The bangers in "bangers and mash" are traditionally sausage made with either pork or beef or even a combination of the two, but when you get right down to it, any sausage will do (so long as it goes well with mashed potatoes, and dare I ask: what does not?).
The bangers and the mash aside, there is one component of this classic pub grub that I haven't yet mentioned. The onion-spiked gravy that ties the whole thing together. I've included a good recipe for that too; see steps five and six.
1. Pick out some banger sausages. You may have some difficulty, unless you're in the U.K., in finding bangers. However, any sausage that you think will go well with potatoes and gravy will work, and let's face it, this is almost every kind of sausage that exists. Be creative and have some fun; there's no wrong answer here.
2. Make the mashed potatoes first. I prefer russets for my mashed potatoes most of the time. For this recipe at least, I think the gravy sticks to them better. Chop the peeled potatoes into eighths and rinse them, then put them into a pot and cover to an inch above the spuds with cool water and a tablespoon of sea salt. Bring to a simmer until the potatoes are cooked enough to give way to a fork. Mash, season, and set aside.
3. Fry the banger sausages in the butter. Heat up three tablespoon of butter in a nonstick skillet and add the bangers once the butter begins to brown. Fry over medium heat until the bangers are brown on all sides, or at least mostly brown. Then add one more tablespoon of butter and the thinly sliced onions. Cook the onions with the bangers until the onions begin to breakdown and are nicely browned.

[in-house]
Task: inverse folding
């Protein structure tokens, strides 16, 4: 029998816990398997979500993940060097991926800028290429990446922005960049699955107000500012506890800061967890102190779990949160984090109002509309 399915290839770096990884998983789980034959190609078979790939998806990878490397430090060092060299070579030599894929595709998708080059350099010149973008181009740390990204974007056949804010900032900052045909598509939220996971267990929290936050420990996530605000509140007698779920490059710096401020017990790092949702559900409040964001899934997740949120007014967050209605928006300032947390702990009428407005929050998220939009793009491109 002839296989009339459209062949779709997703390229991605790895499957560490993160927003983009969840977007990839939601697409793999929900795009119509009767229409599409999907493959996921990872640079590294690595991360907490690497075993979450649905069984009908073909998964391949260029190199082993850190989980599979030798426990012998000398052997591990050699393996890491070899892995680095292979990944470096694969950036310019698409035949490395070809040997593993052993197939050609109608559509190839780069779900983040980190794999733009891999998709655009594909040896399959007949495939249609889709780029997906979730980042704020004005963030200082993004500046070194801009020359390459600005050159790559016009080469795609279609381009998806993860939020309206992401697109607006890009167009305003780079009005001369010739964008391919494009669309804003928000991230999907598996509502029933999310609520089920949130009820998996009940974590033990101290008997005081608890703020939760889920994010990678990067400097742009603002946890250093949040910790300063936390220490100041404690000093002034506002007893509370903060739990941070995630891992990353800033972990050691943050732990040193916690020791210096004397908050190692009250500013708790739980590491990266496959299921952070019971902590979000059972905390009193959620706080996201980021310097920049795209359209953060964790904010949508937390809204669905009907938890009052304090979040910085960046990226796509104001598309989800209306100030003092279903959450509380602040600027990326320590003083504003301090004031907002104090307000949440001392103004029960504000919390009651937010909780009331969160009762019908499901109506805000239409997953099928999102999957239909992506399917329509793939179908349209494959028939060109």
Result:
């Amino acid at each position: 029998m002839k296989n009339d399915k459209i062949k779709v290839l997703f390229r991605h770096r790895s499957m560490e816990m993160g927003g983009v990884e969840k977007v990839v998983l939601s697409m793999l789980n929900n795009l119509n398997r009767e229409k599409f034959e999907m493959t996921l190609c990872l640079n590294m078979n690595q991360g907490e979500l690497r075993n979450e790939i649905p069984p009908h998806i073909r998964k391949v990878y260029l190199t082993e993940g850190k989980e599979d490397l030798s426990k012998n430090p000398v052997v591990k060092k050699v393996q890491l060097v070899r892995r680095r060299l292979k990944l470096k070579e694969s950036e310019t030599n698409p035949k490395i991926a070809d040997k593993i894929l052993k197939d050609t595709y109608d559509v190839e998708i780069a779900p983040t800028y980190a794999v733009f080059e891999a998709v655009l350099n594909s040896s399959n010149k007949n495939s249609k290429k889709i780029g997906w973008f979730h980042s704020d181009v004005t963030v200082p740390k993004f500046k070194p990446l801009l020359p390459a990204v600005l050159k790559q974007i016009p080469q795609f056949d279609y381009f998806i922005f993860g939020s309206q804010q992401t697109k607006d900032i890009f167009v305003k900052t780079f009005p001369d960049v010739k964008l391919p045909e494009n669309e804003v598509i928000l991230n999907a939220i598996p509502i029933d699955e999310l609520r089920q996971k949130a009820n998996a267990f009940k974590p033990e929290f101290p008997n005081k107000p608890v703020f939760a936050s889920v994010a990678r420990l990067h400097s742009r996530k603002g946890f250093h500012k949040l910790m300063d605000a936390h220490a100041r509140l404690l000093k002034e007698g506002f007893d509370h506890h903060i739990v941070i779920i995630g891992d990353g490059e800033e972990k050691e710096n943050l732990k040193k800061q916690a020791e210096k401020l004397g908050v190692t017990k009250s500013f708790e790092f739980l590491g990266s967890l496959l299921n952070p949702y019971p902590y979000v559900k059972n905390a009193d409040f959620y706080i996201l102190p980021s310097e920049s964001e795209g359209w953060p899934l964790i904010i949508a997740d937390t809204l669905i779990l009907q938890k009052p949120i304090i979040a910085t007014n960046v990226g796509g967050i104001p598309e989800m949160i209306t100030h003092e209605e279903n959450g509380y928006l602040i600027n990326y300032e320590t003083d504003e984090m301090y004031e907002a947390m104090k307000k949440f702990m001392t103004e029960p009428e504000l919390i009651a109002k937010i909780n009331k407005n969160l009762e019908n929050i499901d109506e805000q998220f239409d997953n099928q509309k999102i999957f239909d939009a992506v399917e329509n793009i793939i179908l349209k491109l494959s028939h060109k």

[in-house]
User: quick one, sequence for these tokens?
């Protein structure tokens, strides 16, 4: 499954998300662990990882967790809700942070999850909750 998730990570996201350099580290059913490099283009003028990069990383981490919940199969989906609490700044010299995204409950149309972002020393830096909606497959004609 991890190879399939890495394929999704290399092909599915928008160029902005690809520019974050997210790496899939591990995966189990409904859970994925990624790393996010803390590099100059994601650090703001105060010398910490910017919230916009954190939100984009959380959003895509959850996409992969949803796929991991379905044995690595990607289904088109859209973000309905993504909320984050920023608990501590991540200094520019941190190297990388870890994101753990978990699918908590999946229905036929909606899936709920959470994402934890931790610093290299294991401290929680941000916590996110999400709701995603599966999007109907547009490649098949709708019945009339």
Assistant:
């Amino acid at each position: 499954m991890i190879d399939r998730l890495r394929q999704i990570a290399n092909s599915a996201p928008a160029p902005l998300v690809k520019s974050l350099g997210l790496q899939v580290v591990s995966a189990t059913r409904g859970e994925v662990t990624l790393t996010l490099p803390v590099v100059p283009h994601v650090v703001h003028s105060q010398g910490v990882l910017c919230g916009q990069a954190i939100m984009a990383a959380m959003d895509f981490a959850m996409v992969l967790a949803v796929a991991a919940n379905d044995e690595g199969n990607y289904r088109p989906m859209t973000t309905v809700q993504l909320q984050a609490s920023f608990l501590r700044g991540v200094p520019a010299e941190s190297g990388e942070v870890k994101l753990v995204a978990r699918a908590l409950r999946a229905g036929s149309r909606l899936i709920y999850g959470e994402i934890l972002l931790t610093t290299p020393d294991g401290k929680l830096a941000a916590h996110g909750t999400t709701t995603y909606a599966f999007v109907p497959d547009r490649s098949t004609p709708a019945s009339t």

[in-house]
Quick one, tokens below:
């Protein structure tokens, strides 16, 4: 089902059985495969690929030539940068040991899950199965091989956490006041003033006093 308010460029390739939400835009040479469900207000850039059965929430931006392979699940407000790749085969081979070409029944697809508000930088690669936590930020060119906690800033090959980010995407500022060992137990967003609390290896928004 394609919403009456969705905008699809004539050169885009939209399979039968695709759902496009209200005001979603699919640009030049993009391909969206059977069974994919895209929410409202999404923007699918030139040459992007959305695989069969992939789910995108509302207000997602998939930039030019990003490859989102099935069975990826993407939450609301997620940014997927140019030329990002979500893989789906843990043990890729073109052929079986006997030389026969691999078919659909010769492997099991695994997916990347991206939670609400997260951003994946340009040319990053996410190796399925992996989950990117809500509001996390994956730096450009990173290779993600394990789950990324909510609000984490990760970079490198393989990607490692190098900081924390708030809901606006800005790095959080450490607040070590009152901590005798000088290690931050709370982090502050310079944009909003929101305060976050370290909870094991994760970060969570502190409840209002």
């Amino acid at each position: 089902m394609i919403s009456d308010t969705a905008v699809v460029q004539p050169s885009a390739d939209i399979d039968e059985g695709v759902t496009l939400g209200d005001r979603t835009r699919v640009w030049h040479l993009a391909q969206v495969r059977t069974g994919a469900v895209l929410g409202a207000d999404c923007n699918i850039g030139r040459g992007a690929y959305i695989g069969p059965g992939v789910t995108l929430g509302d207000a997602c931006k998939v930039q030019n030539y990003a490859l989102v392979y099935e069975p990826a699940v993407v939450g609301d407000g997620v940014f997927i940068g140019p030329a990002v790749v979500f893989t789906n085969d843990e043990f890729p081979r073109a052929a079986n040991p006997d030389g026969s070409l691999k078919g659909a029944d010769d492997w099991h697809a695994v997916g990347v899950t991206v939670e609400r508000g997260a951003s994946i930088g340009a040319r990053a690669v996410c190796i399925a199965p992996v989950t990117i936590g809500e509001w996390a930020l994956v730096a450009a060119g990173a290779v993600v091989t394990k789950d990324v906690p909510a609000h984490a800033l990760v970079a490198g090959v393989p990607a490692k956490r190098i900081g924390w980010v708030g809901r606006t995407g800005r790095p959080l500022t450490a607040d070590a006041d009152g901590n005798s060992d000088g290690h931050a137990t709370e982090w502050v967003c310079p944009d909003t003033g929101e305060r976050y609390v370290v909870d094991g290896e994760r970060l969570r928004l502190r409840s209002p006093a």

4. Remove the bangers to a plate and make gravy. Stir the flour in with the onions and cook over medium heat for another minute. Then add the beef stock (or other stock if you haven't any beef stock available) to the pan. Use a wire whisk to stir the mixture for a minute or two until it is hot and thickened from the floured onions. Stir in the heavy cream and adjust the seasoning.
5. Add the bangers back to the pan. After a minute the bangers should be back up to heat. Check the internal temperature and make sure they reach 160 degrees Fahrenheit. Once there, serve the bangers over the mashed potatoes with a good deal of gravy. A nice toasted (or at least crusty) bread should go well with this dish. Also, roasted or grilled tomatoes are a nice accompaniment.
Any sausage pork, beef, or even venison will go well with this recipe. If you find real bangers somewhere, give them a whirl; they are quite good—and much different from bratwurst.
Mashed potatoes come in all flavors these days. For some reason I like plain old mash, maybe some sour cream or creme fraiche—if you want to get fancy.
A nice, fatty sausage is more resilient to longer cooking times. This is why pork is the most popular sausage ever. Check those beef sausages; there may be pork in there.
This recipe is quick and easy, and it makes great leftovers. I ate it for three days in a row.